Our Pexi.js library is the core of our tracking. But next tot that is also offers developers & designers tools to make things a bit easier when developing creatives. Below you will find a description of every function that can be found in the Pexi.js library.


We recommend to load the Pexi.js library in the head of your code. That way we can make sure the function is available when your ad starts. The current version of Pexi can be added as a script:

<script src=""></script>

All data that could be relevant to the developers is delivered via the object. Some of the data is updated by site interaction for example by scrolling en scaling. Below you will find an example of the data object. = {
  site: "", //The site name without any https:// or www.
  width: 640, //The width of the current iframe (can be different per iframe)
  height: 1500 //The height of the current iframe (can be different per iframe)

Use; on an element that is meant to be clicked, IE the cta, to allow pexi to measure the clicks and open the landingpage. Leaving blank allows you to set the landingpage of the creative inside of pexi, you can also use a variable or string inside of click() to set the landingpage in the html itself. By default the is applied to the stage but it can be moved to anywhere in the html and javascript, however many times you want. || integer);


PEXI.event(string) can be used to measure custom events. The PEXI.event() can be added anywhere within your JS. One of the use cases of het PEXI.event() is video- and slider tracking.



PEXI.track(url) can be used to fire a custom tracking pixel url. The function can be added anywhere within your JS. To fire the tracking pixel directly after loading the creative you can put it at the end of your JS file.



With PEXI.inView() you can execute code that is only meant to be played once the creatives is in view of the customer. In the default IAB template PEXI.inView() is used to let the GSAP timeline play when the banner is 100% in screen. 

  //Code to excute...

The function is another function to make the live of a developer a bit easier. The function takes care of things like essential attributes (e.g. playsline and muted) but also adds video tracking to return clear metrics in the PEXI dashboard. You can also pass settings to the function by adding them to the settings object, for example a custom video poster:, "", {
  poster: "custom_video_poster.jpg"


Aside from regular CSS media queries Pexi also has its own fullScale() function that scales the defined content to the maximum size of the second parameter without cropping, stretching, or overflowing  the content.

  scale = '#scale', //The element that needs to be scaled. Needs fixed width & height.
  container = '#stage', //The element where the scale element needs to fit in


Pexi creatives (for example skin parts) can communicate with each other trough the PEXI.message() function. With the PEXI.message() function you can send a custom message string. With the PEXI.receiveMessage() of PEXI.receiveMessages() functions below you can receive those messages.


PEXI.receiveMessage(string, callback)

With the PEXI.receiveMessage function you can listen to a custom message and act on it with the callback function.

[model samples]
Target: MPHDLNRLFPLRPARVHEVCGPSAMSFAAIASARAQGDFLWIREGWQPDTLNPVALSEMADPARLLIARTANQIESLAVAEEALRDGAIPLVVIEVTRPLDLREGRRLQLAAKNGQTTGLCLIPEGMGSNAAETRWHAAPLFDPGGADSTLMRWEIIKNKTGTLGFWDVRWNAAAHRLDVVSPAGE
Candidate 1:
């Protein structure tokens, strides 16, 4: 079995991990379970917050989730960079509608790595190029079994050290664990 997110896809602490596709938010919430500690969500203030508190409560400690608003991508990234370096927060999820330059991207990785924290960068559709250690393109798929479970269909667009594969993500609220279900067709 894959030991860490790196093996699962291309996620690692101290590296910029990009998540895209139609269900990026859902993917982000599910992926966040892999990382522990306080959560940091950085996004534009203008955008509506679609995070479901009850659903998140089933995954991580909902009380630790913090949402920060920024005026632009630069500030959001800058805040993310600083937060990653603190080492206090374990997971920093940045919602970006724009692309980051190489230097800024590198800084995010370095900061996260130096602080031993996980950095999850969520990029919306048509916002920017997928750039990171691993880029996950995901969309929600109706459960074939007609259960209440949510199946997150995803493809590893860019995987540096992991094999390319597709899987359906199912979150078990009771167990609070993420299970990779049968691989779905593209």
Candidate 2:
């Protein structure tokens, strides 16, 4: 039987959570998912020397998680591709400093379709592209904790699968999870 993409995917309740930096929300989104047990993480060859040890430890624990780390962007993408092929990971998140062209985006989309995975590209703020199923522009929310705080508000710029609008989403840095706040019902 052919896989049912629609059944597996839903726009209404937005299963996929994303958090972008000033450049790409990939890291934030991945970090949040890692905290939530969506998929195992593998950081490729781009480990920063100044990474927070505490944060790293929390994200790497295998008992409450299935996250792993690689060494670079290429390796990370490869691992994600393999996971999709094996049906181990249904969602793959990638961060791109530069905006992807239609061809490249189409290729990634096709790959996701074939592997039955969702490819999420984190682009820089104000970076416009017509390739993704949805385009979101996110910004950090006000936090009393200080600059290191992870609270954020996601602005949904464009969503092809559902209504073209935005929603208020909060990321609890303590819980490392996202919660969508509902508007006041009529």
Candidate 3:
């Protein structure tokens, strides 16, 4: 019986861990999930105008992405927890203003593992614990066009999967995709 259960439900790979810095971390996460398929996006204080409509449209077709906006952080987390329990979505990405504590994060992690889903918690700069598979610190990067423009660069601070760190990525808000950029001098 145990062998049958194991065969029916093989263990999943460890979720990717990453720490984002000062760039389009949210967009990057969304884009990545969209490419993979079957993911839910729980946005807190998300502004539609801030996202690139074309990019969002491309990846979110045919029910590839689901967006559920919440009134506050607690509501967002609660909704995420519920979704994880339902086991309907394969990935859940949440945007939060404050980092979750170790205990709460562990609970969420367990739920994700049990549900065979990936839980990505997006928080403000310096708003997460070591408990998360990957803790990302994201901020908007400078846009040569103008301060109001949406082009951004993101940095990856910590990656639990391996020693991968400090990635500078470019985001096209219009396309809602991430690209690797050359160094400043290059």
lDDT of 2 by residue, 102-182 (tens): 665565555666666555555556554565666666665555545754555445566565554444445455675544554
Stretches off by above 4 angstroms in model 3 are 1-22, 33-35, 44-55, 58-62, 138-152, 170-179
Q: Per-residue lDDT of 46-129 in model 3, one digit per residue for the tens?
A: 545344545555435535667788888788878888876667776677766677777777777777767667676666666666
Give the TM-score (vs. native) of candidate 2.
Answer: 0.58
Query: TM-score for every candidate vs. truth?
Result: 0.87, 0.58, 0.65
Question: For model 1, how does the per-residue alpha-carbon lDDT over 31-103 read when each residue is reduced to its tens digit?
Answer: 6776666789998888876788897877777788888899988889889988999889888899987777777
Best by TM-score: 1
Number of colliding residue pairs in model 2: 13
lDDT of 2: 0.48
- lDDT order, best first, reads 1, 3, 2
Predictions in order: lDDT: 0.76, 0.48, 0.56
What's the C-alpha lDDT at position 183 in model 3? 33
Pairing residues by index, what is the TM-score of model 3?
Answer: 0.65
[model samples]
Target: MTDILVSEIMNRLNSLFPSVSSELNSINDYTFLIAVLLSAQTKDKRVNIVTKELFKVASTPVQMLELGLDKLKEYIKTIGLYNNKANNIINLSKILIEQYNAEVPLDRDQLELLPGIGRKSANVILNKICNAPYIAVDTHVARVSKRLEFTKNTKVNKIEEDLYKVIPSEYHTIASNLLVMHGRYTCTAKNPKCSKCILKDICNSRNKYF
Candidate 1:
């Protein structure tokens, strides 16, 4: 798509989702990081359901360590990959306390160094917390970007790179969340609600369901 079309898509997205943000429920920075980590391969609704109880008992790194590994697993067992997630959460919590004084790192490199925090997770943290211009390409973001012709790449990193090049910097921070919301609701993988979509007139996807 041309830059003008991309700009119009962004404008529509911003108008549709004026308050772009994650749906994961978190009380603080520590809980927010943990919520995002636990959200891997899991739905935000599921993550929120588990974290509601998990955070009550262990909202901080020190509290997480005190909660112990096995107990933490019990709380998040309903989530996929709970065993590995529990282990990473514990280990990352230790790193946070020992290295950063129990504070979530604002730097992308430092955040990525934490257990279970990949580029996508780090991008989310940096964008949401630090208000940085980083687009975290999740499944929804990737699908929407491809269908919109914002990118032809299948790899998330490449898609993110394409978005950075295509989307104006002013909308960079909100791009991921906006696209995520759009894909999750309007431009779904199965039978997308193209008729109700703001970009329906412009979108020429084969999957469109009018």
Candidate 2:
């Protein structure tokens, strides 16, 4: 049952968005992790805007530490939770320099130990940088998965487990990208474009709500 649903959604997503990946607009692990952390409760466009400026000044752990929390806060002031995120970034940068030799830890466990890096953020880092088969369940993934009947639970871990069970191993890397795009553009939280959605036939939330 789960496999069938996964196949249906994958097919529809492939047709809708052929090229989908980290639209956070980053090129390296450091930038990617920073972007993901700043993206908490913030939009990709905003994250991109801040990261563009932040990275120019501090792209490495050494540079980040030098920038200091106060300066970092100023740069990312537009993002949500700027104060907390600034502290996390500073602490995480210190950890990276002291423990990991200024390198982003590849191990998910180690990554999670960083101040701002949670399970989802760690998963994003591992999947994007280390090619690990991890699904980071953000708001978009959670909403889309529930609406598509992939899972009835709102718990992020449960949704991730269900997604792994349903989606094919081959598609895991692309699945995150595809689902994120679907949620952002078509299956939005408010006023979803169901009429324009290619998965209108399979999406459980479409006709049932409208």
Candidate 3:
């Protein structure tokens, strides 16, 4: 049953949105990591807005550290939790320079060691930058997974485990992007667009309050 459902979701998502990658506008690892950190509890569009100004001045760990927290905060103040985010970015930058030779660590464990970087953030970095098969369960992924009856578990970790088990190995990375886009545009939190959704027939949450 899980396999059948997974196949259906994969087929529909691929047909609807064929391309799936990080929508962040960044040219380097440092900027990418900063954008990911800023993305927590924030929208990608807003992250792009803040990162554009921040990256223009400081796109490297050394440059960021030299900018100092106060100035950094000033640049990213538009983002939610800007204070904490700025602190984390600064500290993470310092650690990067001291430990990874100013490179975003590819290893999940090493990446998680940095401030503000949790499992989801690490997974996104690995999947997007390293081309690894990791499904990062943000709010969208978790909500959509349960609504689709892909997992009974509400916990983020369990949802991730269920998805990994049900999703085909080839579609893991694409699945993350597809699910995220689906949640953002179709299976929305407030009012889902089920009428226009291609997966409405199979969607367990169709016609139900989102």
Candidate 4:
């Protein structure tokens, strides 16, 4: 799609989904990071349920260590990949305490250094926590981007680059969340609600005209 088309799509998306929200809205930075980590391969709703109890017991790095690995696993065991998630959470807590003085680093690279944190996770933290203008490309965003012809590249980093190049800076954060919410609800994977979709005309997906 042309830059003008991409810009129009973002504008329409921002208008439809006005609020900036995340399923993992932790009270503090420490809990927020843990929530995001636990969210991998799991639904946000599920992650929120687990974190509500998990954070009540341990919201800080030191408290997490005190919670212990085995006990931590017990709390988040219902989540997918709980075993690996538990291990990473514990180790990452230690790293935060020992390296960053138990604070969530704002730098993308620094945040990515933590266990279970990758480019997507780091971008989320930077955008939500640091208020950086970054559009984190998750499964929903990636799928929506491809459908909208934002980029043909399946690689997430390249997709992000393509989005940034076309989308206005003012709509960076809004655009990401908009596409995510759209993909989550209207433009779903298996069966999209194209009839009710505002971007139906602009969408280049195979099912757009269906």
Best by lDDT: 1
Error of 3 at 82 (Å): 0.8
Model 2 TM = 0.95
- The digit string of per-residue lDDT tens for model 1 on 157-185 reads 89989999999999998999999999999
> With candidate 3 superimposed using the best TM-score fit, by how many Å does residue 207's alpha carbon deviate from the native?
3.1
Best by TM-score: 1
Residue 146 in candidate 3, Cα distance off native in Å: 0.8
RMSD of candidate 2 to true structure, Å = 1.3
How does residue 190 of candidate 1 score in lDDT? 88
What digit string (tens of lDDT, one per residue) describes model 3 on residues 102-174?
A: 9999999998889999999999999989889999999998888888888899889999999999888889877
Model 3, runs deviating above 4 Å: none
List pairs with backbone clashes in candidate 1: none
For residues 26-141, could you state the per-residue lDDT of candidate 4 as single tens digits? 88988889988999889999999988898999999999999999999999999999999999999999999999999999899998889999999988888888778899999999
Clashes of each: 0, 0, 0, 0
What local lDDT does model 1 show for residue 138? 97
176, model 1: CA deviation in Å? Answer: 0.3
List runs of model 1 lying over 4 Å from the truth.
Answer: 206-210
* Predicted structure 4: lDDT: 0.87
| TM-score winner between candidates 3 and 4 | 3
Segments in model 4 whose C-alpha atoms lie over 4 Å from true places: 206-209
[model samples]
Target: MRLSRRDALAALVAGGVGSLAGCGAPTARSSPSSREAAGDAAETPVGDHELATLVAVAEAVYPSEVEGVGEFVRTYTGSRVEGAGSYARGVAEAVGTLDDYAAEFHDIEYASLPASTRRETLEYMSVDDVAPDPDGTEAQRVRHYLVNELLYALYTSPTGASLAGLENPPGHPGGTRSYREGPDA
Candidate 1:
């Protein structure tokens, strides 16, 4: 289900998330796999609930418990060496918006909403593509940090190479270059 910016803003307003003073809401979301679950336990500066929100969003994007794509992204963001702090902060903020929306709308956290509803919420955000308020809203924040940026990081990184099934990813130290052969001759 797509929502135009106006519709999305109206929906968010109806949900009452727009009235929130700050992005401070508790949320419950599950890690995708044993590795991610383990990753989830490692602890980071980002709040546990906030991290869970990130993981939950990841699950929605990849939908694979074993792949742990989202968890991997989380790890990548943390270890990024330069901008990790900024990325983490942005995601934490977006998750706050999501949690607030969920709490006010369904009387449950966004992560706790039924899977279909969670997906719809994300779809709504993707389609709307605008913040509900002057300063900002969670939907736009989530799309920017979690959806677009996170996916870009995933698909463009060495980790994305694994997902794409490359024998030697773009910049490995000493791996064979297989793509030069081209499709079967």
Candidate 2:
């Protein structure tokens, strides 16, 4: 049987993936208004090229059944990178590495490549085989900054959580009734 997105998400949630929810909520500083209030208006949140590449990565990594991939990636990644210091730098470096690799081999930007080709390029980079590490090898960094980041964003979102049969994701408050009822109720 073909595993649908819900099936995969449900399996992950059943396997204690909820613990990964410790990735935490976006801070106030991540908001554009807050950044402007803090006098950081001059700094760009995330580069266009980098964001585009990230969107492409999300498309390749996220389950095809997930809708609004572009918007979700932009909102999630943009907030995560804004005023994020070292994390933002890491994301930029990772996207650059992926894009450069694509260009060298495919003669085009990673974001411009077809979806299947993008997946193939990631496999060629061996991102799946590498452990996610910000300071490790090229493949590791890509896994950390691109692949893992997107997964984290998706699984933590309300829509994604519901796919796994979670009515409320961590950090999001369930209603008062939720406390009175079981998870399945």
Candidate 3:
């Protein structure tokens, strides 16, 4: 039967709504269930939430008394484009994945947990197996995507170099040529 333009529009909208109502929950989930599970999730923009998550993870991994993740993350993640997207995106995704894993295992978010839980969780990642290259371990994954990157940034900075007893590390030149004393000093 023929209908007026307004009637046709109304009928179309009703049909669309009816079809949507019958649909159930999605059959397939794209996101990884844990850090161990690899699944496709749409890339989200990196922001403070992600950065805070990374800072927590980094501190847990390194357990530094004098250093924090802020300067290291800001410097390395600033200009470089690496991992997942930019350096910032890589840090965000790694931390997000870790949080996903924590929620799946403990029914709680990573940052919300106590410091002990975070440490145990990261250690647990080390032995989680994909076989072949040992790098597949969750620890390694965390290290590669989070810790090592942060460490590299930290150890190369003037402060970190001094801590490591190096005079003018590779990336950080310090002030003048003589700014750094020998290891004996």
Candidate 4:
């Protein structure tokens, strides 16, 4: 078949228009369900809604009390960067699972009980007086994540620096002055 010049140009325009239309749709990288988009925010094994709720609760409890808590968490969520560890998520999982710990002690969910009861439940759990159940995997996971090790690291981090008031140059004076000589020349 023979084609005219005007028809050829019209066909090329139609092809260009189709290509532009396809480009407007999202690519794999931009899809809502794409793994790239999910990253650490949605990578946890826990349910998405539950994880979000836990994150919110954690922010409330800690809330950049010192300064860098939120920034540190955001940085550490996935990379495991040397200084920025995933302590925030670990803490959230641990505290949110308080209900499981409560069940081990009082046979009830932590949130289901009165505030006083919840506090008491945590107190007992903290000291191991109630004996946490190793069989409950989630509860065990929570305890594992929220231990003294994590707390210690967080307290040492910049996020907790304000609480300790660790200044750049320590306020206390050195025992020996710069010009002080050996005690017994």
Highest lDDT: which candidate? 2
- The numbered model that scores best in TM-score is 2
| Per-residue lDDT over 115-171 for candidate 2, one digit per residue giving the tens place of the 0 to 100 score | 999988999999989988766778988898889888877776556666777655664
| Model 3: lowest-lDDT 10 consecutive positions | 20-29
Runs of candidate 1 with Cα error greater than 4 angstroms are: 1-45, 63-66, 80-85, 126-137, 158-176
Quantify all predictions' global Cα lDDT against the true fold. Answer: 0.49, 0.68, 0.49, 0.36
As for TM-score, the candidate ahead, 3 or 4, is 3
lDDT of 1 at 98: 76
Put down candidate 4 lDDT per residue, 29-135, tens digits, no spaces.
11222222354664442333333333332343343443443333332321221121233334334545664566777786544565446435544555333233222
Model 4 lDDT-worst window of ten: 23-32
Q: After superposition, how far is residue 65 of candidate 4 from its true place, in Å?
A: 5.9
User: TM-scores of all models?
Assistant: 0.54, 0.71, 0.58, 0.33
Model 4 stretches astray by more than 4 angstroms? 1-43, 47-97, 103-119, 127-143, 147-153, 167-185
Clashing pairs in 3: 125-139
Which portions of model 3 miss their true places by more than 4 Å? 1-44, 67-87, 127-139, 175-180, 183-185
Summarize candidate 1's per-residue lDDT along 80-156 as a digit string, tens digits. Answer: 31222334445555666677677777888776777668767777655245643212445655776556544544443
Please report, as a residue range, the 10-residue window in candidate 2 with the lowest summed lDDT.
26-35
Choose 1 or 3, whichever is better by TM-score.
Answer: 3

PEXI.receiveMessage('the_message_you_want_to_receive', function(){
   //Do something with the message here


With the PEXI.receiveMessages() you can listen for all PEXI messages that are send to the creative. This function can be used if you want to listen to multiple messages. To listen for one message it is easier to use the PEXI.receiveMessage().

   //Do something with the messages here


Explanation coming soon, please contact if you want to use this function.


Explanation coming soon, please contact if you want to use this function.


The PEXI.Feed object contains different functions that can be combined to easily retrieve a PEXI feed. The basic version without filtering looks like:

PEXI.Feed.hash('65d32d7148975').get().then(response => {
     //You can do something with the response here

hash(string, object)
The hash() function accepts two paramters. The first one is a string, this needs to be the hash of the feed, you can find the hash in the feeds tab within Pexi. As a second parameter this function accepts an object to pass any query paramters, for example:

PEXI.Feed.hash('65d32d7148975', {tab: 'tab_1'})

filterByKey(key, value)
You can add the filterByKey() function to filter on a certain column, for example the categroy 'blauw':

PEXI.Feed.hash('65d32d7148975').filterByKey('category','blauw').get().then(response => {
     //You can do something with the response here

filterByDate(begin, end)
Next to that you can filter on a date as well, you can ad a begin and end or the 'today' string. The filterByDate() functions searches for a begin_date and end_date column within your feed. The function works best with an ISO8601 date string, but also accepts other formats according to the Date.parse() JS documentation.

PEXI.Feed.hash('65d32d7148975').filterByDate('2024-02-01 10:00:00', '2024-02-03 23:59:99').get().then(response => {
     //You can do something with the response here

If you only need a certain amount of rows you can also pass a number within the get() function:

PEXI.Feed.hash('65d32d7148975').get(5).then(response => {
     //You can do something with the response here

Or use the first() function to only get the first row:

PEXI.Feed.hash('65d32d7148975').first().then(response => {
     //You can do something with the response here

The PEXI.Feed.get() and first() function are based on a Promise function. So like a Promise you can add a then() function or catch() function to receive the response or handle the error:

.then(response => {
     //You can do something with the response here
.catch(error => {
     //Do Something with the error

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